When curing is desired, the two separate components are applied to the surfaces to be bonded and, when the surfaces are joined, produce the required copper-saccharin-p-toluenesulfinic acid salt inter-reaction mixture thereby catalyzing the polymerization of the acrylic monomer.
The catalytic effects of the copper-containing system in the present invention are surprising and unexpected in view of the teachings of the prior art. Thus, references such as U.S. Pat. No. 2,370,010 teach that while small amounts of copper (e.g. on the order of less than 3 parts per million) are known to act as accelerators in some polymerization systems, the presence of amounts of copper in excess of about 5 parts per million have been shown to exhibit inhibitory effects on the polymerization rate, and may in fact, totally inhibit the polymerization reaction at higher levels.
An additional embodiment of the present invention includes a process for bonding surfaces comprising the steps of (1) applying to at least one of such surfaces the adhesive base described above as part (a); (2) applying to at least one of such surfaces the activator described above as part (b); and (3) placing the surfaces so treated in abutting relation until the adhesive composition polymerizes and bonds the surfaces together.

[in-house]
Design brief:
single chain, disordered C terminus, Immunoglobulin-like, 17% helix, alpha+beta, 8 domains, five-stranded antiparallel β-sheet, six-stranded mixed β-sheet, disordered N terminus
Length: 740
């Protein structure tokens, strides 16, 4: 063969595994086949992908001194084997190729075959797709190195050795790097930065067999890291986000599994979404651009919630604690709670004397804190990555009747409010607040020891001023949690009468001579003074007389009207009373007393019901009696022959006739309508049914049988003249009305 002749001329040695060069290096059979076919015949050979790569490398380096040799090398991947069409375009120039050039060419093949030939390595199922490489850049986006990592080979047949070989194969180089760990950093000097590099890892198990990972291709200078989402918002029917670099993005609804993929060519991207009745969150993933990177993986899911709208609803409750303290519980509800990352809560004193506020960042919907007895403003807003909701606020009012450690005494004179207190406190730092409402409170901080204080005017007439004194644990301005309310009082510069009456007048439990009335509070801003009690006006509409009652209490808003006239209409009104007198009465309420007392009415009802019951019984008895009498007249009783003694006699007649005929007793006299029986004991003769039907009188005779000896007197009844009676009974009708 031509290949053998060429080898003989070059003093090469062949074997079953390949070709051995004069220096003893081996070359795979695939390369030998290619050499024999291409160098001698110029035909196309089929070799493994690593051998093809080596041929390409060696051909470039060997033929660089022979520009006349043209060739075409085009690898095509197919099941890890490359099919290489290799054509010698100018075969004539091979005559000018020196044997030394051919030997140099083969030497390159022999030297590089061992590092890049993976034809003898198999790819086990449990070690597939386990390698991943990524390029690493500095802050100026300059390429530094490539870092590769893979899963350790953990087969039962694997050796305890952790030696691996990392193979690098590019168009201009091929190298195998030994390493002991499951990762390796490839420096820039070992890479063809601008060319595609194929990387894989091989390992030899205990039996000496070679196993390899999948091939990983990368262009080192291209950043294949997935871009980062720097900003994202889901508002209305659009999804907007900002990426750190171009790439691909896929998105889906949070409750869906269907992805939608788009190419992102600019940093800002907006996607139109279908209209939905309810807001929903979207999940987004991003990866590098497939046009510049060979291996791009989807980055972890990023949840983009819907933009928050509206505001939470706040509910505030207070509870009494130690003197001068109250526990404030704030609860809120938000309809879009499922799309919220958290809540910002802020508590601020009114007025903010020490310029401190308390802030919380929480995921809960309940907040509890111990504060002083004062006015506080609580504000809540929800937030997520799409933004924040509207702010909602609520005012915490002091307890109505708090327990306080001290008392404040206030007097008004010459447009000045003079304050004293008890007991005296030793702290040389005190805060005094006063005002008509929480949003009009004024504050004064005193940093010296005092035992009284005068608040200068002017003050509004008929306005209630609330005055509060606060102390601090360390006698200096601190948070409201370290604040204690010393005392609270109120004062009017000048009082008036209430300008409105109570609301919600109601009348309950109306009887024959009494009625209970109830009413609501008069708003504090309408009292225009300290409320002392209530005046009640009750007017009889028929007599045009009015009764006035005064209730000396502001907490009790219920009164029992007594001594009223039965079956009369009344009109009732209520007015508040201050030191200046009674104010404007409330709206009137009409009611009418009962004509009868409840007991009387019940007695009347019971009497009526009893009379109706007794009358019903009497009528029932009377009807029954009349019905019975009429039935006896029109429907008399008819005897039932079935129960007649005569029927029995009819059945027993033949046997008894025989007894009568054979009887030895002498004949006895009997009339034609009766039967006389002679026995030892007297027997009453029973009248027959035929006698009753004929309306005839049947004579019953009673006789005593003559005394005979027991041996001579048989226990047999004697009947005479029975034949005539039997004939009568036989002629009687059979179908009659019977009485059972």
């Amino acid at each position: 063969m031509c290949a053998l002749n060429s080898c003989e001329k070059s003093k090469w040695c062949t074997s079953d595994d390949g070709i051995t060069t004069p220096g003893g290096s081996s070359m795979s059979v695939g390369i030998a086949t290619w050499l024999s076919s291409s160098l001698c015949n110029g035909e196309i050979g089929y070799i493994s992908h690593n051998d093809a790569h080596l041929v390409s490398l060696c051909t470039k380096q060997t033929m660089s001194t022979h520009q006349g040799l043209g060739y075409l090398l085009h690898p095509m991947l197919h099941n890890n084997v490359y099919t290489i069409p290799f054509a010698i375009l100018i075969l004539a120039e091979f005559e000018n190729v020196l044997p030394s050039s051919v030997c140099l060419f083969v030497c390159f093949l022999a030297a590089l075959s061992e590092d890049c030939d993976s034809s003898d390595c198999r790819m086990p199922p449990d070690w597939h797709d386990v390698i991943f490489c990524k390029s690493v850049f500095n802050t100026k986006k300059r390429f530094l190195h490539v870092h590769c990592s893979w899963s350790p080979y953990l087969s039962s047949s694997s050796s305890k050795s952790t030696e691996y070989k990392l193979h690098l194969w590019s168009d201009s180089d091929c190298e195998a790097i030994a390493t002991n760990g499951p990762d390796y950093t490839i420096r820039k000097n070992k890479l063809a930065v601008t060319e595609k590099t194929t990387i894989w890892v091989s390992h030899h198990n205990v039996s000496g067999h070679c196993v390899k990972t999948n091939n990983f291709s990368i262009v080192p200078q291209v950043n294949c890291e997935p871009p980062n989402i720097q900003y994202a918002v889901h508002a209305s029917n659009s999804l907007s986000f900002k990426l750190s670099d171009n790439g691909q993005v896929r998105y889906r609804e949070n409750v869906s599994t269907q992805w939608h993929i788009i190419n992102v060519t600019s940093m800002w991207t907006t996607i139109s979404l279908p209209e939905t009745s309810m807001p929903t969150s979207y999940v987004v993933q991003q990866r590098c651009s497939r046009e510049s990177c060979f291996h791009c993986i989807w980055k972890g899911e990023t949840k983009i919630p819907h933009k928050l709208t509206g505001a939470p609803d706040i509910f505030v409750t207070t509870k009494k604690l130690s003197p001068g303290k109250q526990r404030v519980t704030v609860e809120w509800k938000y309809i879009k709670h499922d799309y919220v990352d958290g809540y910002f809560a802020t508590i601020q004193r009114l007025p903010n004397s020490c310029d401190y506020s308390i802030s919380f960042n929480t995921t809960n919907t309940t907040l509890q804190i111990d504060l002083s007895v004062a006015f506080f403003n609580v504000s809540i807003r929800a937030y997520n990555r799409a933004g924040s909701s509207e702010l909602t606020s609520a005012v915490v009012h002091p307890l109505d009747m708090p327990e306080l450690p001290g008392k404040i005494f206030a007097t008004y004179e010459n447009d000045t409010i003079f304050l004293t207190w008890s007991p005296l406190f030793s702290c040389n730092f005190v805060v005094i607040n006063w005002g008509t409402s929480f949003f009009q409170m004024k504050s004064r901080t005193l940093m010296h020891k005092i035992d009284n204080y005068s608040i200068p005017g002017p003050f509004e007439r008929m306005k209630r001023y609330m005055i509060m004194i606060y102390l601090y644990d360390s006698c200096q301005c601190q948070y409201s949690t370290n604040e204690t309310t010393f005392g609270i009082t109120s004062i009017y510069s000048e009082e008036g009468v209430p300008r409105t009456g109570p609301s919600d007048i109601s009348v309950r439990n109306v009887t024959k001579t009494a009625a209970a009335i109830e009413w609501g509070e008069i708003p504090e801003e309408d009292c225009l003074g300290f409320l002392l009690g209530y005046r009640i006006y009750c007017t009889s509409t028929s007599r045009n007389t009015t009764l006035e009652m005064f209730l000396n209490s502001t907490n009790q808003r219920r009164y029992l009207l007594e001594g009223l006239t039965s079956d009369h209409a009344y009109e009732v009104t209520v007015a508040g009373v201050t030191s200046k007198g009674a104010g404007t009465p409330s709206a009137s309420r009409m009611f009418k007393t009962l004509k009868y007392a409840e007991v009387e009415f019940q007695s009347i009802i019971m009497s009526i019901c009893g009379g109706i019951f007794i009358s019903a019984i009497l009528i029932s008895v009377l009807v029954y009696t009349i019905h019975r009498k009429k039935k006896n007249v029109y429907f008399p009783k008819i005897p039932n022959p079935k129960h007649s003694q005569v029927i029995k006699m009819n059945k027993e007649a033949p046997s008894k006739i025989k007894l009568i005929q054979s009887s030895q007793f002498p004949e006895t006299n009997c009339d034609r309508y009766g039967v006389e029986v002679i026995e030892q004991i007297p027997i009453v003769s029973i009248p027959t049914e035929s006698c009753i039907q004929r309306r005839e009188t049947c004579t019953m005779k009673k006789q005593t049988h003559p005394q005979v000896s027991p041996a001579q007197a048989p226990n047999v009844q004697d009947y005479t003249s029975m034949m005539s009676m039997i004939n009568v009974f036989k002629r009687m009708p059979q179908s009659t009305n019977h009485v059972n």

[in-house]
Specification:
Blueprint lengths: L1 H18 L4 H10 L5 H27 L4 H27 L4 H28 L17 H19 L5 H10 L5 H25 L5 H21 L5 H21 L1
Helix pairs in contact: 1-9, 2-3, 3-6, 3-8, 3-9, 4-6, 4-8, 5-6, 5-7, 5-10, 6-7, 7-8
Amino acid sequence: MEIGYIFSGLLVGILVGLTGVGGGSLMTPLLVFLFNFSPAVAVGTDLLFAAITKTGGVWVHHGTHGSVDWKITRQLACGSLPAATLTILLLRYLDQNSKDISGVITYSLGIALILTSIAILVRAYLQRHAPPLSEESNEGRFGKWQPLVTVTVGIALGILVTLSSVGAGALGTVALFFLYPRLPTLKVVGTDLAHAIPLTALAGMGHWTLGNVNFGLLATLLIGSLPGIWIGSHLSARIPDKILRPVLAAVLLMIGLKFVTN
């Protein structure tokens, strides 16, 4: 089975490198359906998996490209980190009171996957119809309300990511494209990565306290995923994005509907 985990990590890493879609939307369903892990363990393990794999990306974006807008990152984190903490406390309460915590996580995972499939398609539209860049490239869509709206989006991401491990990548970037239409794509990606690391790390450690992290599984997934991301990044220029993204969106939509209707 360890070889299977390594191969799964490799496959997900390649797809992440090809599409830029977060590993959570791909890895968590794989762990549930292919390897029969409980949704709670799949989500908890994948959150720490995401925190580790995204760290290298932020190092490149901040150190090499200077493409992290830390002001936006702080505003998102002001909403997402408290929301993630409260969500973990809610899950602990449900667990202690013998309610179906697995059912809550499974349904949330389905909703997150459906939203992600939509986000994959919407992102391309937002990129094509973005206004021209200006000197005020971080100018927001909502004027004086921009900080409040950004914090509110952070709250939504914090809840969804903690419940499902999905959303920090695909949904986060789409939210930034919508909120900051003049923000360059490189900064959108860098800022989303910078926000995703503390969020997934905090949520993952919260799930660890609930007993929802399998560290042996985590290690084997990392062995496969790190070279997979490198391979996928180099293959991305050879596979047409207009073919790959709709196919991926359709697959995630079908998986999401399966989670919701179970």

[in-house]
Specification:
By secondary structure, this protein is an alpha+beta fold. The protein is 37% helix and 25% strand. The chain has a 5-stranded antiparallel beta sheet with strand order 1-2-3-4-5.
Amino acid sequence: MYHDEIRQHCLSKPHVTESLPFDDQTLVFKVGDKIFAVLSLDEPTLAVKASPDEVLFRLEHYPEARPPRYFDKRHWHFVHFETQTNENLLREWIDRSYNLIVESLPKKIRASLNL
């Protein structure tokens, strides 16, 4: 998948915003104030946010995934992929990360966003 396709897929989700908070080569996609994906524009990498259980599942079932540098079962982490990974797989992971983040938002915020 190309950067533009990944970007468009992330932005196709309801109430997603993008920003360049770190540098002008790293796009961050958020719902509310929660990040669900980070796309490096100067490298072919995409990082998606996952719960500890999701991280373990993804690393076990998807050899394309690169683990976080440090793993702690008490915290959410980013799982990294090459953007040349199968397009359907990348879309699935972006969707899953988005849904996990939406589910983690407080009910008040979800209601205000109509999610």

The preferred polymerizable monomers used in part (a) of the present invention are the monofunctonal hydroxysubstituted acrylates and methacrylates characterized by the formula: ##STR1## wherein R is hydrogen, phenyl, methyl, ethyl or C1 -C18 alkoxymethyl and
R' is hydrogen or methyl.
Such monomers include hydroxyethyl acrylate, hydroxypropyl acrylate, 2-hydroxybutyl acrylate as well as the corresponding methacrylates.
In addition to those monomers represented above, other useful monomers are other monofunctonal acrylate esters and the amide, cyano, chloro and silane substituted derivatives thereof such as methyl acrylate, methyl methacrylate, ethyl acrylate, ethyl methacrylate, butyl acrylate, n-octyl acrylate, 2-ethylhexyl acrylate, decylmethacrylate, dodecyl methacrylate, cyclohexyl methacrylate, tert-butyl methacrylate, acrylamide, acrylonitrile, N-methylolacrylamide, diacetone acrylamide, N-tertbutyl acrylamide, N-tert-octyl acrylamide, N-butoxyacrylamide, gamma-methacryloxypropyl trimethoxysilane, 2-cyanoethyl acrylate, 3-cyanopropyl acrylate, tetrahydrofurfuryl chloroacrylate, glycidyl acrylate, glycidyl methacrylate, and the like.